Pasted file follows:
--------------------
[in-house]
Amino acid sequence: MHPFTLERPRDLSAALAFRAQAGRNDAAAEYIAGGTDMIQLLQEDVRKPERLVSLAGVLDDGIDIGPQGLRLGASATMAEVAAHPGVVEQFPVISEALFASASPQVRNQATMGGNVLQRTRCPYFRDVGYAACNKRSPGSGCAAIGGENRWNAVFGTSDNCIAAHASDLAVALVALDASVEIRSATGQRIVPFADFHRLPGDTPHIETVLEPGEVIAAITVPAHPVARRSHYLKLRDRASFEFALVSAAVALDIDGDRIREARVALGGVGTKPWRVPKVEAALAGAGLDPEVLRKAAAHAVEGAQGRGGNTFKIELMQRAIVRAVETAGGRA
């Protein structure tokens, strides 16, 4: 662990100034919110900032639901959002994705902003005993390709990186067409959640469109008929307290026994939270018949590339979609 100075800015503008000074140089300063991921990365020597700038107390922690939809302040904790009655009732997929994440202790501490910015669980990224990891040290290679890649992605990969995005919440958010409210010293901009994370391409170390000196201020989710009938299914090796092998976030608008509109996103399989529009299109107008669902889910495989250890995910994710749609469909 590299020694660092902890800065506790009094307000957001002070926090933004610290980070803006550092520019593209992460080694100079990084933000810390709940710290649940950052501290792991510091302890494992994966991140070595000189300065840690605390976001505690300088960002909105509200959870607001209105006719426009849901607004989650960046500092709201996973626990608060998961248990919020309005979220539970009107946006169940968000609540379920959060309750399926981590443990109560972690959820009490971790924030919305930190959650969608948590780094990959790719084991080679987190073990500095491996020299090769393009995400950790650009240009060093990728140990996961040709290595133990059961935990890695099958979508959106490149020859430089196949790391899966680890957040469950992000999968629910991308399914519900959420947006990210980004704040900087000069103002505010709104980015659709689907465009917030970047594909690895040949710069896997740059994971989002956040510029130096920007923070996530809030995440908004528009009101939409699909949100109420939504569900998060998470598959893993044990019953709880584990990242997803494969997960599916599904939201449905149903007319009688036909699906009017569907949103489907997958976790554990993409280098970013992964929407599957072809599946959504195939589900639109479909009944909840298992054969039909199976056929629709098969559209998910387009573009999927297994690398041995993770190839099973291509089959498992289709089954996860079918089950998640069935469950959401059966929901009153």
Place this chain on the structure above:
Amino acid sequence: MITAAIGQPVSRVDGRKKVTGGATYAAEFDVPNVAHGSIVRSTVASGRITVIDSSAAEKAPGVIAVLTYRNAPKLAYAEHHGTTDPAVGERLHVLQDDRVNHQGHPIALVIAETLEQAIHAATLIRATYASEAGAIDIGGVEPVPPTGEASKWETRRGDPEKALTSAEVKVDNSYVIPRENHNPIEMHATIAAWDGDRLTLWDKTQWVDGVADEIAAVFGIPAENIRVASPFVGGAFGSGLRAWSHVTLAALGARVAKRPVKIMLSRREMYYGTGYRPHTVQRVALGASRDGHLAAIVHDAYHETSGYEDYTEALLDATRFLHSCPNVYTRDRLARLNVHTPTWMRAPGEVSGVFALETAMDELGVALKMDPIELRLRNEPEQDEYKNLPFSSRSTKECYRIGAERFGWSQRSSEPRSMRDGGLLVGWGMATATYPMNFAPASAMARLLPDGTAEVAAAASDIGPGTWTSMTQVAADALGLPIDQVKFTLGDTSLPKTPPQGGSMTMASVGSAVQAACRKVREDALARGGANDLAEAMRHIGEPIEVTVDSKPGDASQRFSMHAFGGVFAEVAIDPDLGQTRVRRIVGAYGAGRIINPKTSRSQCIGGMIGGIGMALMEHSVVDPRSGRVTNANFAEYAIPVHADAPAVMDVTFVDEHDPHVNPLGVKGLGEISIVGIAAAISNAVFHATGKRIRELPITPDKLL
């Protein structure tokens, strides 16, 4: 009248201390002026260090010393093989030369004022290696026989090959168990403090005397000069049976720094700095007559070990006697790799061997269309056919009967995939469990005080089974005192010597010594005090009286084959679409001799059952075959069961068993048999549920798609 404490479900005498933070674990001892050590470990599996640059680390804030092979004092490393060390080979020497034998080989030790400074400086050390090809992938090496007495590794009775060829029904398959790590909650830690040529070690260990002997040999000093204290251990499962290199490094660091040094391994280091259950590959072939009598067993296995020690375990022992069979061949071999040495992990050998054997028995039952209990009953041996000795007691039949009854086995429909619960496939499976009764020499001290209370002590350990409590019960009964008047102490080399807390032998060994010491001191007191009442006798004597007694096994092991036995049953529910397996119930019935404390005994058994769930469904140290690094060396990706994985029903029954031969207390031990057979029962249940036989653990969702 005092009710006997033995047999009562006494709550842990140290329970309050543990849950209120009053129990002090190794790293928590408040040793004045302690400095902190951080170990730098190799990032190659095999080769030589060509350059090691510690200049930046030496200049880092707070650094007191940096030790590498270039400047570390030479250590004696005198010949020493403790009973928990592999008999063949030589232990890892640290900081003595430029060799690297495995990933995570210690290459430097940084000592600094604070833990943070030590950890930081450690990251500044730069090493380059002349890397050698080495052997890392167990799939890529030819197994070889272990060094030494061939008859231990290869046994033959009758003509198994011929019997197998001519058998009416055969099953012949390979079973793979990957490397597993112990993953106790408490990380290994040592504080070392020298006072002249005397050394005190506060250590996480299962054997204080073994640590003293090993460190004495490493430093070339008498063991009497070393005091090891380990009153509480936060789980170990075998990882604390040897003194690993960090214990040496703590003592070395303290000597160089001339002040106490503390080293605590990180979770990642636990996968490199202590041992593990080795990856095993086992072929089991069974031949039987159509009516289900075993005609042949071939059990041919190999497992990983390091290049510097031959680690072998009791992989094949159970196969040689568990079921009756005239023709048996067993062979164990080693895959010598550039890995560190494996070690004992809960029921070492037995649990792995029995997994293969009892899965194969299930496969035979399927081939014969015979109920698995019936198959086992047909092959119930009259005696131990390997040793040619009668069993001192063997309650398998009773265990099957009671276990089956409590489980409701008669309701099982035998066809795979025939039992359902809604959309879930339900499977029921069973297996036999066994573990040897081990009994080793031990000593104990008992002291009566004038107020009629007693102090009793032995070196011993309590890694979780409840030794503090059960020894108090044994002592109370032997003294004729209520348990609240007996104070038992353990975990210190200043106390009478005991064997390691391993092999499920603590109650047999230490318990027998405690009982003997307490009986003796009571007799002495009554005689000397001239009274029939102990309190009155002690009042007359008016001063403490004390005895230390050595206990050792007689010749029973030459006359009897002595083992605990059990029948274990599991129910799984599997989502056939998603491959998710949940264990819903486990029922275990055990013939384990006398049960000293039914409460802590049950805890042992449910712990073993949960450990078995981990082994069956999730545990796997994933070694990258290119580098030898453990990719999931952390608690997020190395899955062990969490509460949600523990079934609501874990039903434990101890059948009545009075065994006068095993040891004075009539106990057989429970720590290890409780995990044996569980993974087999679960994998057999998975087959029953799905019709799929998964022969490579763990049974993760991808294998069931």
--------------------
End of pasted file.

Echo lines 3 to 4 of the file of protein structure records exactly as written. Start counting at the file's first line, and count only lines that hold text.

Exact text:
């Protein structure tokens, strides 16, 4: 662990100034919110900032639901959002994705902003005993390709990186067409959640469109008929307290026994939270018949590339979609 100075800015503008000074140089300063991921990365020597700038107390922690939809302040904790009655009732997929994440202790501490910015669980990224990891040290290679890649992605990969995005919440958010409210010293901009994370391409170390000196201020989710009938299914090796092998976030608008509109996103399989529009299109107008669902889910495989250890995910994710749609469909 590299020694660092902890800065506790009094307000957001002070926090933004610290980070803006550092520019593209992460080694100079990084933000810390709940710290649940950052501290792991510091302890494992994966991140070595000189300065840690605390976001505690300088960002909105509200959870607001209105006719426009849901607004989650960046500092709201996973626990608060998961248990919020309005979220539970009107946006169940968000609540379920959060309750399926981590443990109560972690959820009490971790924030919305930190959650969608948590780094990959790719084991080679987190073990500095491996020299090769393009995400950790650009240009060093990728140990996961040709290595133990059961935990890695099958979508959106490149020859430089196949790391899966680890957040469950992000999968629910991308399914519900959420947006990210980004704040900087000069103002505010709104980015659709689907465009917030970047594909690895040949710069896997740059994971989002956040510029130096920007923070996530809030995440908004528009009101939409699909949100109420939504569900998060998470598959893993044990019953709880584990990242997803494969997960599916599904939201449905149903007319009688036909699906009017569907949103489907997958976790554990993409280098970013992964929407599957072809599946959504195939589900639109479909009944909840298992054969039909199976056929629709098969559209998910387009573009999927297994690398041995993770190839099973291509089959498992289709089954996860079918089950998640069935469950959401059966929901009153």
Place this chain on the structure above: